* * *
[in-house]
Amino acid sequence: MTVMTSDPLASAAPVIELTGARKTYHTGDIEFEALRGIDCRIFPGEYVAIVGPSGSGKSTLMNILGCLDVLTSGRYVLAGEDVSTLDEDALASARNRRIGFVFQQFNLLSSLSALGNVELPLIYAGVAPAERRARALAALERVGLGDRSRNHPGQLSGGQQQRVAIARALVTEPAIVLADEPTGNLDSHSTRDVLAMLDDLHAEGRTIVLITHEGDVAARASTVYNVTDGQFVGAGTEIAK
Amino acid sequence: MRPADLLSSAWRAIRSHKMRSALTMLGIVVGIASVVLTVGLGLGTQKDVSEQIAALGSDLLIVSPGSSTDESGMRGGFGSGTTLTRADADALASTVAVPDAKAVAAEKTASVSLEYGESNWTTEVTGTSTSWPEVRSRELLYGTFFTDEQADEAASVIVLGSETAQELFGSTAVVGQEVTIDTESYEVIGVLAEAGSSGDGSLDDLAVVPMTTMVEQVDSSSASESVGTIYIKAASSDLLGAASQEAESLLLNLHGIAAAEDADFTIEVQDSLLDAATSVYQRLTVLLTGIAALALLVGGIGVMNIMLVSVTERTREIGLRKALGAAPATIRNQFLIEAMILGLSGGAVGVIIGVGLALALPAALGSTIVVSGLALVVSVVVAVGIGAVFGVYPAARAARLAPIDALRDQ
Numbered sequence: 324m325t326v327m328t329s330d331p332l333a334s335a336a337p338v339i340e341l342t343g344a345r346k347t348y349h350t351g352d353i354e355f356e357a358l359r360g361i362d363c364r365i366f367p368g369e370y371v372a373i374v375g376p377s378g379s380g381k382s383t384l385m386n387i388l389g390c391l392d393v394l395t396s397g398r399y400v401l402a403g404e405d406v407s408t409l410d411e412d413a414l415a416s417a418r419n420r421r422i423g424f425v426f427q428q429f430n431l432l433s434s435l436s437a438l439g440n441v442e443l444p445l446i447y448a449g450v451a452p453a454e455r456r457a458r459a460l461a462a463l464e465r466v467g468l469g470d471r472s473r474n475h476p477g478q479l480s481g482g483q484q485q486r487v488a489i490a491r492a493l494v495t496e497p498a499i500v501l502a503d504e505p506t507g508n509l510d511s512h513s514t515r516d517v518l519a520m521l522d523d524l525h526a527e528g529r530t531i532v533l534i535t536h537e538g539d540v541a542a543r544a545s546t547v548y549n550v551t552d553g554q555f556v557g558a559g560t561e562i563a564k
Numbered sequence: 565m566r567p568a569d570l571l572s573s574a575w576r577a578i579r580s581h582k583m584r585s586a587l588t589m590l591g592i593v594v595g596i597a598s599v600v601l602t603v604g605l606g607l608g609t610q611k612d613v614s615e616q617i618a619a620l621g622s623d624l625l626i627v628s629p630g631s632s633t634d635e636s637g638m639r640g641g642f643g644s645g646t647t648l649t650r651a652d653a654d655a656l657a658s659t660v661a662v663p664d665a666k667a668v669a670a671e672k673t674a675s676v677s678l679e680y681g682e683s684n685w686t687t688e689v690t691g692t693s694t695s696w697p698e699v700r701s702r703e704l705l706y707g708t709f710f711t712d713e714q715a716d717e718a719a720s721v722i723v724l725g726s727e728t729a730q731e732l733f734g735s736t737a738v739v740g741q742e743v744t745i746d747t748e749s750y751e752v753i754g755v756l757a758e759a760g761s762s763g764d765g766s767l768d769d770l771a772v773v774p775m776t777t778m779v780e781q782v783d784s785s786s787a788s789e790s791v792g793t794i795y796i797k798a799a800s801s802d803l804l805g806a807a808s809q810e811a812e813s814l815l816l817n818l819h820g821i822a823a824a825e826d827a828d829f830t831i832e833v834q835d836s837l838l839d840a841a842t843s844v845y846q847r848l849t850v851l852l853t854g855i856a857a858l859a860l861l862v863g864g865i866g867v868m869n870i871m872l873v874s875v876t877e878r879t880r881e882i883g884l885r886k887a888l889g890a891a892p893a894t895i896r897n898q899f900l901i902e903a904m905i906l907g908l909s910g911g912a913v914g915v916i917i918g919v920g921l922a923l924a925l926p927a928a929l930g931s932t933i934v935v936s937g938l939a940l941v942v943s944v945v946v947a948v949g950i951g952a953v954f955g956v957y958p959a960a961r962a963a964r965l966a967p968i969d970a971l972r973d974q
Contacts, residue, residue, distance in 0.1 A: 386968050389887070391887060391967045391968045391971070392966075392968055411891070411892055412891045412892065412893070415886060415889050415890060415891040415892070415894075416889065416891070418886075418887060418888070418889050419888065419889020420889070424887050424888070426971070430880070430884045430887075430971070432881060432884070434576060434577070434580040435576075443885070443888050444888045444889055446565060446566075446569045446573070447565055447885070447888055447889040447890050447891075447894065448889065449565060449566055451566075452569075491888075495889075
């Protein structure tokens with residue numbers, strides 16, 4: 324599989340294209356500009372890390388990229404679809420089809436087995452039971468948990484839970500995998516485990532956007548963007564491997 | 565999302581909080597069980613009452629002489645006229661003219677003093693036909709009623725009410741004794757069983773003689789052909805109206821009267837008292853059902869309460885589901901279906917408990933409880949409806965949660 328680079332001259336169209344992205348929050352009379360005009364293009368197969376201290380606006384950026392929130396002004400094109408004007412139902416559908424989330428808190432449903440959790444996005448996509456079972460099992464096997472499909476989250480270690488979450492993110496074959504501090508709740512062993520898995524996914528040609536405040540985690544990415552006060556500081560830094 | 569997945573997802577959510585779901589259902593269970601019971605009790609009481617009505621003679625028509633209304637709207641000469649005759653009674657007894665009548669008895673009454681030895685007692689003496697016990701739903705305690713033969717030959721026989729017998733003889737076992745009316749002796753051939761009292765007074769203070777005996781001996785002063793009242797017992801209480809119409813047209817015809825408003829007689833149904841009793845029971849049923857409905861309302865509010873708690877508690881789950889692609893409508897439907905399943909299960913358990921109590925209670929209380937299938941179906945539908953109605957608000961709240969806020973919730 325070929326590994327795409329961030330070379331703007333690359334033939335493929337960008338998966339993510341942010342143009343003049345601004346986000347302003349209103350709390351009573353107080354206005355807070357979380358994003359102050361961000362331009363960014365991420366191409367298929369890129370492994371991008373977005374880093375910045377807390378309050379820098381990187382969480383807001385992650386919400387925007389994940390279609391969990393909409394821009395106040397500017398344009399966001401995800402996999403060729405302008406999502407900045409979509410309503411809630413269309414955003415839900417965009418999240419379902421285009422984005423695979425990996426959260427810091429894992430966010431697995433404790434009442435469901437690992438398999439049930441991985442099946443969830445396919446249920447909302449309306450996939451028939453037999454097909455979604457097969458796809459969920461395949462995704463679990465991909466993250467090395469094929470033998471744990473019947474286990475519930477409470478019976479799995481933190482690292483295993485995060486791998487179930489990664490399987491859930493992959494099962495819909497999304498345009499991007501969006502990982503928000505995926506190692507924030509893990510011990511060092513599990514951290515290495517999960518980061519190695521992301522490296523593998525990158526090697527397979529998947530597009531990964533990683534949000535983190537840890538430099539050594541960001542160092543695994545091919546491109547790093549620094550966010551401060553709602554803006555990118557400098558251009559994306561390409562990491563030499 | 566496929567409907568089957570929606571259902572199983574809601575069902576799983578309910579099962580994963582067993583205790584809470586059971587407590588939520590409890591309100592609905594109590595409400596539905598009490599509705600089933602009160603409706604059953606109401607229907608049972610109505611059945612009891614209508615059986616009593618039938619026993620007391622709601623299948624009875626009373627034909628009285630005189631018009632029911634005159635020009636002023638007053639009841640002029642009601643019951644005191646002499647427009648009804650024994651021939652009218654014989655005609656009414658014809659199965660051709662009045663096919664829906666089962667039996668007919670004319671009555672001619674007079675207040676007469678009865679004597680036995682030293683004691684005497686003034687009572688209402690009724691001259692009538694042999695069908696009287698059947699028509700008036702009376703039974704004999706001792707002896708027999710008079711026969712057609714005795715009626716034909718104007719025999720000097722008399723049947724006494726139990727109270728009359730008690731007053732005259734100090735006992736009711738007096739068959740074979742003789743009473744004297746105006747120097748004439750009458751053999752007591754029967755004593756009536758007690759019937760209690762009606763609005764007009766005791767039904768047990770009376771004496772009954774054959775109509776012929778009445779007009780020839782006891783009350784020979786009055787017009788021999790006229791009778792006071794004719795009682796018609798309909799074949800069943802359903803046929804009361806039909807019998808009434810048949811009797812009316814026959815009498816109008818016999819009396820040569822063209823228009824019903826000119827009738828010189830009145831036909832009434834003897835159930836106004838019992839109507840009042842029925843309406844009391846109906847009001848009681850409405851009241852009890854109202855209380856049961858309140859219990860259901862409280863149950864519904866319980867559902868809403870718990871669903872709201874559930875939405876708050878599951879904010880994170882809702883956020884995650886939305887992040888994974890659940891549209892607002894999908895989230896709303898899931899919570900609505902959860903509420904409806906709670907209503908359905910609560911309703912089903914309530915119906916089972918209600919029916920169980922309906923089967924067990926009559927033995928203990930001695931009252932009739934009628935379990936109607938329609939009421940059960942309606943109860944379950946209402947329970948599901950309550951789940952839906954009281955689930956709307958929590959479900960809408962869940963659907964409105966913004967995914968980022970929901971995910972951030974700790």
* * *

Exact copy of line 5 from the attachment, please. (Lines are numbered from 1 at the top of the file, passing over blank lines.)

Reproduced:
Numbered sequence: 565m566r567p568a569d570l571l572s573s574a575w576r577a578i579r580s581h582k583m584r585s586a587l588t589m590l591g592i593v594v595g596i597a598s599v600v601l602t603v604g605l606g607l608g609t610q611k612d613v614s615e616q617i618a619a620l621g622s623d624l625l626i627v628s629p630g631s632s633t634d635e636s637g638m639r640g641g642f643g644s645g646t647t648l649t650r651a652d653a654d655a656l657a658s659t660v661a662v663p664d665a666k667a668v669a670a671e672k673t674a675s676v677s678l679e680y681g682e683s684n685w686t687t688e689v690t691g692t693s694t695s696w697p698e699v700r701s702r703e704l705l706y707g708t709f710f711t712d713e714q715a716d717e718a719a720s721v722i723v724l725g726s727e728t729a730q731e732l733f734g735s736t737a738v739v740g741q742e743v744t745i746d747t748e749s750y751e752v753i754g755v756l757a758e759a760g761s762s763g764d765g766s767l768d769d770l771a772v773v774p775m776t777t778m779v780e781q782v783d784s785s786s787a788s789e790s791v792g793t794i795y796i797k798a799a800s801s802d803l804l805g806a807a808s809q810e811a812e813s814l815l816l817n818l819h820g821i822a823a824a825e826d827a828d829f830t831i832e833v834q835d836s837l838l839d840a841a842t843s844v845y846q847r848l849t850v851l852l853t854g855i856a857a858l859a860l861l862v863g864g865i866g867v868m869n870i871m872l873v874s875v876t877e878r879t880r881e882i883g884l885r886k887a888l889g890a891a892p893a894t895i896r897n898q899f900l901i902e903a904m905i906l907g908l909s910g911g912a913v914g915v916i917i918g919v920g921l922a923l924a925l926p927a928a929l930g931s932t933i934v935v936s937g938l939a940l941v942v943s944v945v946v947a948v949g950i951g952a953v954f955g956v957y958p959a960a961r962a963a964r965l966a967p968i969d970a971l972r973d974q